(My thanks to IntLawGrrls for the opportunity to contribute this introductory post)
The readers of IntLawGrrls may be well aware of the sex scandal involving UN peacekeepers. The gulf between the public’s ideal concept of blue helmets and the reported incidents ignited media attention since the late 1990s.
In order to reclaim its reputational asset, the UN has committed itself to the Zero Tolerance policy embodied in the Secretary-General’s Bulletin, issued by Kofi Annan on October 9, 2003, and available in multiple languages here. (photo credit)
Detailed analyses of this Zero Tolerance policy have been widely published, including a feminist critique by Melbourne Law Professor Dianne Otto: 'Making Sense of Zero Tolerance Policies in Peacekeeping Sexual Economies', in Vanessa E. Munro and Carl F. Stychin (eds.), Sexuality and the Law: Feminist Engagements (2007) 259 (available in draft here).
I would like to present two slightly different angles from which to reconsider the Zero Tolerance policy:
► First, whose zero tolerance matters to this policy?
I have addressed this question in my short piece: “Whose Zero Tolerance Counts? Reassessing a Zero Tolerance Policy against Sexual Exploitation and Abuse by UN Peacekeepers”, International Peacekeeping, vol. 17, 2010, pp. 200-214..
► Second, the Zero Tolerance policy can be understood as the UN’s attempt to resolve discordance between political and legal lines which separate the UN (internality) from non-UN elements (externality).
The political boundary internalizes broader conduct and tasks within the UN. Sexual exploitation and abuse are often presented by the media as part of the “UN’s own problems”, and not those of a peacekeeper himself/herself or of contingent-contributing countries.
At the same time, the UN itself cannot simply externalize the problems, since it is politically difficult for the Organization to categorically claim that sexual misconduct is someone else’s matter. It would have to proceed based upon such a political reality, which ascribes peacekeepers’ misconduct to the UN and places the political burden on it to resolve them.
The legal boundary externalizes much of the conduct and tasks which are internalized by the political line. Sexual exploitation and abuse are not, in principle, attributable to the UN as an organization. The UN has long maintained that it has no legal or financial liability for off-duty acts of members of peacekeeping forces.
The major tasks necessary for the effective implementation of the Zero Tolerance policy are also external to the UN. Five steps concern the implementation of the policy:
► Application of the Codes of Conduct;
► Receipt of allegations;
► Disciplinary actions; and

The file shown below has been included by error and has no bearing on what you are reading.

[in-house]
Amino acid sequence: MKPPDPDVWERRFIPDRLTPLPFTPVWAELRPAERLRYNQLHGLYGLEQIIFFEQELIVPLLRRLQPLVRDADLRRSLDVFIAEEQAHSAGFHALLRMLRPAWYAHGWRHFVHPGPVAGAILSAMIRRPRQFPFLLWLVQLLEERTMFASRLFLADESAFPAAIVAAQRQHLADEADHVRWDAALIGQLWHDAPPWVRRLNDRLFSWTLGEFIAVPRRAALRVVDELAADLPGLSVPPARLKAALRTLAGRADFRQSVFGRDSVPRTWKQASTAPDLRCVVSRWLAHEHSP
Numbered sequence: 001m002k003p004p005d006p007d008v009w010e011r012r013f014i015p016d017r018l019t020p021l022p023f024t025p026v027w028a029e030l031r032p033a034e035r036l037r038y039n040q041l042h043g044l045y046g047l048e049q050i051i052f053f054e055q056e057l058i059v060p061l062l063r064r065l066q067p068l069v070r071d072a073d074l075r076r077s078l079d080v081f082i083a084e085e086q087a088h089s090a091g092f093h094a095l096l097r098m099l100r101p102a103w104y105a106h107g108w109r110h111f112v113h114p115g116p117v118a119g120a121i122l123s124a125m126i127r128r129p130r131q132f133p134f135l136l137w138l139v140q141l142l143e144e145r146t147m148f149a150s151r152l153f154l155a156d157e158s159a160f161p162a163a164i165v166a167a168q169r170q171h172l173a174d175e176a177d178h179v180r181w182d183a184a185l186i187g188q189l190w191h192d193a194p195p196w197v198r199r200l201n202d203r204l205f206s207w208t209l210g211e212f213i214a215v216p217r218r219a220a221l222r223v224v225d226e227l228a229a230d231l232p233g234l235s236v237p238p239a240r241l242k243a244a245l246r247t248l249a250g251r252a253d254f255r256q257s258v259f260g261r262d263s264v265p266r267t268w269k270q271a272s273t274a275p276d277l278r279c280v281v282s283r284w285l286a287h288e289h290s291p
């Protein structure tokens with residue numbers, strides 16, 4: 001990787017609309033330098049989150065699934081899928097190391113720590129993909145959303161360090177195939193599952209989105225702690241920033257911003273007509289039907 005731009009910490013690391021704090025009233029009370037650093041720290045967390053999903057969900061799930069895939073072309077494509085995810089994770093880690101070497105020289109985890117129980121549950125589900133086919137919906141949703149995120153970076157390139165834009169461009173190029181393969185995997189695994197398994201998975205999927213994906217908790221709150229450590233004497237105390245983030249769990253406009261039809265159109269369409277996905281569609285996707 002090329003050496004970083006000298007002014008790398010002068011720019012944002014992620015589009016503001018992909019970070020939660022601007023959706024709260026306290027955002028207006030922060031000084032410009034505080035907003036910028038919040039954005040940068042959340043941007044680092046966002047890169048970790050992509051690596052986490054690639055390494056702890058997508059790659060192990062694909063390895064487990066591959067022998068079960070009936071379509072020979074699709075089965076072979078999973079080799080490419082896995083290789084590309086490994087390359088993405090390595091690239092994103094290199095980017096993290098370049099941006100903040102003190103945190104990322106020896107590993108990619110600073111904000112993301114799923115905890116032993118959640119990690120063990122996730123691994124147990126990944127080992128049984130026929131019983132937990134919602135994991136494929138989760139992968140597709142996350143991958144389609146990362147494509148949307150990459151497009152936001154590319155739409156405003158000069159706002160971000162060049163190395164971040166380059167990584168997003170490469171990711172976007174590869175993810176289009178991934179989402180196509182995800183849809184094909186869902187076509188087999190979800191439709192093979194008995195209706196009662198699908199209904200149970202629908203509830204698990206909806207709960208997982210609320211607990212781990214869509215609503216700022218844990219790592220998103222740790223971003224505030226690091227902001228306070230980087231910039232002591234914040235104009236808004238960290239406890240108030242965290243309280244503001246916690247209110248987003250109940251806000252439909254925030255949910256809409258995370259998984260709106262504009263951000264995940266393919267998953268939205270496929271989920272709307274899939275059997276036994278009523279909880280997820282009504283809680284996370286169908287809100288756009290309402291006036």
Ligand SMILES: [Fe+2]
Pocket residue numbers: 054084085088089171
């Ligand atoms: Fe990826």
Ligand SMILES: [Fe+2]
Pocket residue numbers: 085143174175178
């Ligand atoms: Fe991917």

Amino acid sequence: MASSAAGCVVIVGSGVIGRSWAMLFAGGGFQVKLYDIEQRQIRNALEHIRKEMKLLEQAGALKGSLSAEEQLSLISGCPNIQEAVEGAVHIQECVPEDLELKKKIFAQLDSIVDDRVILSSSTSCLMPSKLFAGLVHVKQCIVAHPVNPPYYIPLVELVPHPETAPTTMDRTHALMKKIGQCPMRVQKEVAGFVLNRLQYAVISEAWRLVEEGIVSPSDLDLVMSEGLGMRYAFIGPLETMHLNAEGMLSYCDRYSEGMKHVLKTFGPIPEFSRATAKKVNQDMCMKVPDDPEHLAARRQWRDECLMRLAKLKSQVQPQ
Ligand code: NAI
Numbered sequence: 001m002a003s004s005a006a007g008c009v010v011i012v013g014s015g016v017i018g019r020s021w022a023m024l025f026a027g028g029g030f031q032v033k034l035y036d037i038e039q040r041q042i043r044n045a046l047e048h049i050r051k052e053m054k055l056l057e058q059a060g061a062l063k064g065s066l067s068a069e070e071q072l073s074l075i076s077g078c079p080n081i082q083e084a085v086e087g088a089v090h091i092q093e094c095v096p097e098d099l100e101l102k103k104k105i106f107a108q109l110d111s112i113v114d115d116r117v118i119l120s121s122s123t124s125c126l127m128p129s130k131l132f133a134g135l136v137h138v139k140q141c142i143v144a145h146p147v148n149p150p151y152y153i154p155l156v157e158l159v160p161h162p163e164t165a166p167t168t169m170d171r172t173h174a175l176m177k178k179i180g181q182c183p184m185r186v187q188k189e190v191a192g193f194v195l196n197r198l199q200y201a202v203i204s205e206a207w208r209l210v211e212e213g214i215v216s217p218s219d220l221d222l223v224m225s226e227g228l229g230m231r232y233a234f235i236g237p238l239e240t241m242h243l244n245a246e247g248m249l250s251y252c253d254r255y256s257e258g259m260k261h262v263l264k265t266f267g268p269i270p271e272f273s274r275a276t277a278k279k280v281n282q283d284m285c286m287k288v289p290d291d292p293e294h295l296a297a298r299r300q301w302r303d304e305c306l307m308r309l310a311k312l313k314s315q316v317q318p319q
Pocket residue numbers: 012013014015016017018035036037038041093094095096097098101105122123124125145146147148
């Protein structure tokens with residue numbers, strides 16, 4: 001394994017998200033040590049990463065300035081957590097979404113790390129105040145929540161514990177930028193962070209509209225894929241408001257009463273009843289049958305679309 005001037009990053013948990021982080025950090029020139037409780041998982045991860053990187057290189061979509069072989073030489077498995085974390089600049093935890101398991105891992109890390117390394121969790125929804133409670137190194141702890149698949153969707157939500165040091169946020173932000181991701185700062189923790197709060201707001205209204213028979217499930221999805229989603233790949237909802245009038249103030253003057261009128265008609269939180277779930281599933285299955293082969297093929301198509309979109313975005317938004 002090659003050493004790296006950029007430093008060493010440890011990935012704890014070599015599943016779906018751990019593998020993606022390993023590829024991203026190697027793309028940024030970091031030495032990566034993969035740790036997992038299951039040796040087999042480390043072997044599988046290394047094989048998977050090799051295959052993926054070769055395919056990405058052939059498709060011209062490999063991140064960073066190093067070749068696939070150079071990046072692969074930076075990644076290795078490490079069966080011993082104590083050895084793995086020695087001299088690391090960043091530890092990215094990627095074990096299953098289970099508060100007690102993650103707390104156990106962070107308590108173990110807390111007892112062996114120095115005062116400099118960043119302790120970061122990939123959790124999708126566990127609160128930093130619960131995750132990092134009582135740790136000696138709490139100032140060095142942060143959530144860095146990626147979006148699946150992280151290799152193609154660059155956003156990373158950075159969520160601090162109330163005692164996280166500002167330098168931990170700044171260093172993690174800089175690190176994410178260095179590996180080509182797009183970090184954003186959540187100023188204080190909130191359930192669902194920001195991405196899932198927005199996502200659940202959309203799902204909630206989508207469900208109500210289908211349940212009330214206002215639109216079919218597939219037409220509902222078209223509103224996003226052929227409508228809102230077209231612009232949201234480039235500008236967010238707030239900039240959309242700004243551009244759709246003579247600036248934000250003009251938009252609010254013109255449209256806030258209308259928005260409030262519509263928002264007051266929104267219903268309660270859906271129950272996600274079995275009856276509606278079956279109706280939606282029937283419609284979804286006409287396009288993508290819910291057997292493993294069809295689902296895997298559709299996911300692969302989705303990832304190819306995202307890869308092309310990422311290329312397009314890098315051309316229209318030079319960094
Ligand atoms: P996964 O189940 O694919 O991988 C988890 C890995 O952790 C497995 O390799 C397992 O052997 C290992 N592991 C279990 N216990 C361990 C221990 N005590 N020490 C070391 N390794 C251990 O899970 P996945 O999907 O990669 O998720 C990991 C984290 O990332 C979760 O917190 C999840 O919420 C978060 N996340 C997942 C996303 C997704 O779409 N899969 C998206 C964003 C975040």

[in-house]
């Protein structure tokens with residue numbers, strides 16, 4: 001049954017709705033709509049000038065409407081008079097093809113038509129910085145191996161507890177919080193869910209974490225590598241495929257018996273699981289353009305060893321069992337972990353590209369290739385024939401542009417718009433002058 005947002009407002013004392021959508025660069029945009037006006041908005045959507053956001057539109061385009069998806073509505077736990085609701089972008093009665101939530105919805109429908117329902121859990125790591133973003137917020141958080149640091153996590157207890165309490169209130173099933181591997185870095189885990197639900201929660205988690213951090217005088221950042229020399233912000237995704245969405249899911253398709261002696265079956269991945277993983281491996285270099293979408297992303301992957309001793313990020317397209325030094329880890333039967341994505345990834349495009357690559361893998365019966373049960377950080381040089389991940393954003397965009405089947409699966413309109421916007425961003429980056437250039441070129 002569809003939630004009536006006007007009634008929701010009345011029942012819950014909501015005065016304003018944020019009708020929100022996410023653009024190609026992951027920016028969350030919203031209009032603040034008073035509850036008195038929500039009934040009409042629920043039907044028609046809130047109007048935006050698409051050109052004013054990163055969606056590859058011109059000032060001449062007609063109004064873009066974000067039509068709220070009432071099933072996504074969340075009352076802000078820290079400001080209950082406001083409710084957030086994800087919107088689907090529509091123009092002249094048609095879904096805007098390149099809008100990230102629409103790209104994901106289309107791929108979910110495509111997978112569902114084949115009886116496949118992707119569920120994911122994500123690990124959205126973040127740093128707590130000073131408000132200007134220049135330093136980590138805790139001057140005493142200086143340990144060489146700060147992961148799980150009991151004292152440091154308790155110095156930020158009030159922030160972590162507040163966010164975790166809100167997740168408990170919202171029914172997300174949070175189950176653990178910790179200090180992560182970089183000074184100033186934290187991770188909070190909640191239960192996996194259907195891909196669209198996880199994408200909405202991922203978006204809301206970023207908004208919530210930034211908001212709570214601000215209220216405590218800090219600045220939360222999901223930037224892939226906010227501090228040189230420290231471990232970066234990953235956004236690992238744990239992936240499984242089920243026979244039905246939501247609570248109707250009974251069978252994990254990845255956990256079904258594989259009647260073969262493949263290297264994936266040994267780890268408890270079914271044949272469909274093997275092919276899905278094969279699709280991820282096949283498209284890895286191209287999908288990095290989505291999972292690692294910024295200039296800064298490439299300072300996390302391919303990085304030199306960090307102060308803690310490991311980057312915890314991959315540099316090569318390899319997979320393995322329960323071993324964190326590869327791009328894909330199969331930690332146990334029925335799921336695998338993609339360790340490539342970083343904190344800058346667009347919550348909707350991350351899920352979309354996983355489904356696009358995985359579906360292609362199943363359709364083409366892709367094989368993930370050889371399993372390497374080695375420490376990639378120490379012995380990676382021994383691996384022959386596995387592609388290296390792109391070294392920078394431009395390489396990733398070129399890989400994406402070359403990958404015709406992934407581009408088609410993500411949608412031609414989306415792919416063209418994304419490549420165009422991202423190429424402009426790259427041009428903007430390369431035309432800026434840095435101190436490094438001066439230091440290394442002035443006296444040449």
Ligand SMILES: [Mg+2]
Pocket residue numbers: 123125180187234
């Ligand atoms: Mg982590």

► Criminal prosecution.
The UN has authority at least over the first two steps.
The UN has achieved the universal application of the Codes of Conduct. This achievement follows the recommendations in A comprehensive strategy to eliminate future sexual exploitation and abuse in United Nations peacekeeping operations, the report by an Annan-appointed adviser, Jordanian Prince Zeid Ra’ad Zeid Al-Hussein, delivered to the General Assembly on March 24, 2005, and available in multiple languages here.
In addition, the UN receives allegations through its Conduct and Discipline Unit, its mission-based Conduct and Discipline Teams, and its Office of Internal Oversight Services.
With respect to the latter three steps, however, the legal authority necessary for the implementation of the policy is virtually externalized, particularly for the members of formed police units and members of national military contingents.
The investigation procedure in Article 7 of the revised model Memorandum of Understanding, available here, placed the primary investigatory responsibility on the sending government of contingent members. Disciplinary and criminal jurisdiction over military members of national military contingents thus exclusively belongs to contributing states, even when the acts are performed in members’ private capacity.
Such “discordance” between politics and law could be resolved if either the political or legal line can be redrawn.
However, as noted above, it is politically difficult for the UN to treat sexual exploitation and abuse as something external to it. To redraw the legal line is simply not feasible, as the UN cannot practically exercise disciplinary, much less criminal, jurisdiction over contingent members.
The only recourse available for the UN is, therefore, to substantially remedy the discordance without changing the incumbent lines. It can do so by aligning the vector of the externalities with that of the UN -- in particular, by aligning the policies of countries that contribute peacekeeping contingents with the policies of the UN. Such policy alignment may be precisely what the Zero Tolerance aims for.
Returning to the first question I posed above: It is the non-tolerance of contingent-contributing countries that counts the most for the purpose of remedying this discordance in politics and law.